This weekend Cedar Point celebrated the 50th anniversary of the Cedar Point and Lake Erie Railroad. During this celebration, Cedar Point is highlighting the long standing tradition and history that the railroad has at the amusement park. The event started with a dedication given in front of the Main Station and continues through the weekend with self guided tours of the engine house.
The railroad opened in 1963 through the work of then president George Roose. However, it was not as easy to accomplish. After scouring the country, two steam engines were found that could fit the purpose for what Cedar Point needed. Maud L. and Albert would open the 1963 season as Cedar Point's first railroad locomotives. Since then, the park now operates five locomotives and is one of the few parks that utilizes coal fired steam locomotives. The train would be an especially important part of Cedar Point with the opening of Frontiertown in 1970. At this time, the railroad represented only one of two ways to actually reach the new area with the other being the now defunct Frontier Lift sky ride. That year, the CP & LE Railroad delivered 4.5 million rides to the guests of Cedar Point.
Throughout the years many engines have come and gone. However possibly the most interesting story is that of the most traveled train and newest at Cedar Point. The now named G.A. Boeckling was originally used as a coal mining train but eventually came under the ownership of Marriott's Great America in Gurnee Il in 1980. In 1984, it sold to the private ownership of Bill Norad who eventually traded it to Disneyland in 1996. In 1997, it traveled to Disney World eventually being put on display at EPCOT. In 1999, Cedar Point traded their original engine, Maud L. for it. It stayed at Cedar Point until the 2007 season where it traveled to Knott's Berry Farm in Buena Park, CA. It's current home is back at Cedar Point when it returned from Knott's in 2010.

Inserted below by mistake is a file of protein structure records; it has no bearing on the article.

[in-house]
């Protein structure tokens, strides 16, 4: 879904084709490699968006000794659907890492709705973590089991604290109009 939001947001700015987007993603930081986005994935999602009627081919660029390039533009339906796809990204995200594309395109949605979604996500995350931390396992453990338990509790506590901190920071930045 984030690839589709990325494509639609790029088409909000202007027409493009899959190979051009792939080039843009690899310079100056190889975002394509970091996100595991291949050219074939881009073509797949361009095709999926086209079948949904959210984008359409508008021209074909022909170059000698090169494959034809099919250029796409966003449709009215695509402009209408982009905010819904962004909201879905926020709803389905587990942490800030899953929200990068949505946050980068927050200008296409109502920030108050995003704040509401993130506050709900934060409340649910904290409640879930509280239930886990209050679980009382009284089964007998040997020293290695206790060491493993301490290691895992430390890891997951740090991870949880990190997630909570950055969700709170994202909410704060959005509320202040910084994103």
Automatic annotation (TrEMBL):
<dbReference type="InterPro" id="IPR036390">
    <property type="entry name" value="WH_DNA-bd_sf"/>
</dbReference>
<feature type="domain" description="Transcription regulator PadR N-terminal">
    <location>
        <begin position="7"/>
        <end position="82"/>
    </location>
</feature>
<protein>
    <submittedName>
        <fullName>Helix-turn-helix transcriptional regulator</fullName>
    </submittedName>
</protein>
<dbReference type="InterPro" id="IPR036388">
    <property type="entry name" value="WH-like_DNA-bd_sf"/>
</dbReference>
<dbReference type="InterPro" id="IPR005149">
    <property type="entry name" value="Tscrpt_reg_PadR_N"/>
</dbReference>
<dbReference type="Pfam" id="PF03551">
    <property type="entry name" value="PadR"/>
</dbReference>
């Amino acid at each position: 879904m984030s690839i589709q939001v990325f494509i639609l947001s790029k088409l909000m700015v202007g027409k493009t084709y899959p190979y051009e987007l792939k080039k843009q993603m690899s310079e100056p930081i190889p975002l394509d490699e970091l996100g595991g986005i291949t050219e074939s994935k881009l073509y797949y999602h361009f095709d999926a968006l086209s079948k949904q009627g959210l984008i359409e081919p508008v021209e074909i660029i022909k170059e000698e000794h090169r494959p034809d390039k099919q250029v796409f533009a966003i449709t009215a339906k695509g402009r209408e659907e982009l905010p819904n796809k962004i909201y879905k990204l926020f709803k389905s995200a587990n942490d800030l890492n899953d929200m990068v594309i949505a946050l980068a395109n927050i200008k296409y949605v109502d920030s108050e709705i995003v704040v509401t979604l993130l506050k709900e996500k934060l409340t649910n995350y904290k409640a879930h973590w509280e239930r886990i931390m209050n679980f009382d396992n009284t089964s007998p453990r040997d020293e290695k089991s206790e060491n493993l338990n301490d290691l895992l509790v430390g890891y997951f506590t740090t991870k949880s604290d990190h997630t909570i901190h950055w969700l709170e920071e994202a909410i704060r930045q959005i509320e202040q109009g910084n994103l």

Today, the train is still an important part of the Cedar Point landscape. The fifteen minute ride that traverses two miles of track has served over 116 million guests over its 50 year history. According to Brian Smith, former Assistant Supervisor of the railroad at Cedar Point, the CP & LE offers something different for families and enthusiasts. When asked what in specific he says, "you get beautiful views of the bay and get to go see some of the behind of the scenes parts of the coasters that you might not be able to see any other way." He also adds that this railroad is special because "you get the full experience of being able to smell the coal smoke and the oil. It's a nice way to relax or end your day at a great coaster park like Cedar Point." Like Brian, we hope that the CP & LE Railroad keeps on chugging for another fifty years.